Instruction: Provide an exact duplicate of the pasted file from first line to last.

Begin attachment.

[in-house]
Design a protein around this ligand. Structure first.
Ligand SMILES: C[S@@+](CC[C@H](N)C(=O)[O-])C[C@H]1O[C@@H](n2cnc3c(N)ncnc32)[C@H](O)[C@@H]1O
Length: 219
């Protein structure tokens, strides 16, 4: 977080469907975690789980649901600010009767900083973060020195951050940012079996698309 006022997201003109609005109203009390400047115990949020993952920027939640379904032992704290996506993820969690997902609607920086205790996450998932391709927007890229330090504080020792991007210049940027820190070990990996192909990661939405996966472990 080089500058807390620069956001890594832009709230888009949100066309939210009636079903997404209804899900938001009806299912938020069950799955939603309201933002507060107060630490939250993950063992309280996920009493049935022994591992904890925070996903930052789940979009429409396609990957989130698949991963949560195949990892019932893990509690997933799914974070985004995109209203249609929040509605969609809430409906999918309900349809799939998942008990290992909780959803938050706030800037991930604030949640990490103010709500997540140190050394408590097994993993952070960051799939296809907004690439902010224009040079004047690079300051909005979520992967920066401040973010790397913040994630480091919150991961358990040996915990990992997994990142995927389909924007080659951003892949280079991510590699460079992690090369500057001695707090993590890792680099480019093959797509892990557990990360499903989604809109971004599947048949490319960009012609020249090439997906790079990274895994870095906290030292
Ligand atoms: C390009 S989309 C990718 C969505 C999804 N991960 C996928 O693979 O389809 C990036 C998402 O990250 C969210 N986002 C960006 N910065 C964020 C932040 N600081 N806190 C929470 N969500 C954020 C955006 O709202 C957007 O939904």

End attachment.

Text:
[in-house]
Design a protein around this ligand. Structure first.
Ligand SMILES: C[S@@+](CC[C@H](N)C(=O)[O-])C[C@H]1O[C@@H](n2cnc3c(N)ncnc32)[C@H](O)[C@@H]1O
Length: 219
């Protein structure tokens, strides 16, 4: 977080469907975690789980649901600010009767900083973060020195951050940012079996698309 006022997201003109609005109203009390400047115990949020993952920027939640379904032992704290996506993820969690997902609607920086205790996450998932391709927007890229330090504080020792991007210049940027820190070990990996192909990661939405996966472990 080089500058807390620069956001890594832009709230888009949100066309939210009636079903997404209804899900938001009806299912938020069950799955939603309201933002507060107060630490939250993950063992309280996920009493049935022994591992904890925070996903930052789940979009429409396609990957989130698949991963949560195949990892019932893990509690997933799914974070985004995109209203249609929040509605969609809430409906999918309900349809799939998942008990290992909780959803938050706030800037991930604030949640990490103010709500997540140190050394408590097994993993952070960051799939296809907004690439902010224009040079004047690079300051909005979520992967920066401040973010790397913040994630480091919150991961358990040996915990990992997994990142995927389909924007080659951003892949280079991510590699460079992690090369500057001695707090993590890792680099480019093959797509892990557990990360499903989604809109971004599947048949490319960009012609020249090439997906790079990274895994870095906290030292
Ligand atoms: C390009 S989309 C990718 C969505 C999804 N991960 C996928 O693979 O389809 C990036 C998402 O990250 C969210 N986002 C960006 N910065 C964020 C932040 N600081 N806190 C929470 N969500 C954020 C955006 O709202 C957007 O939904």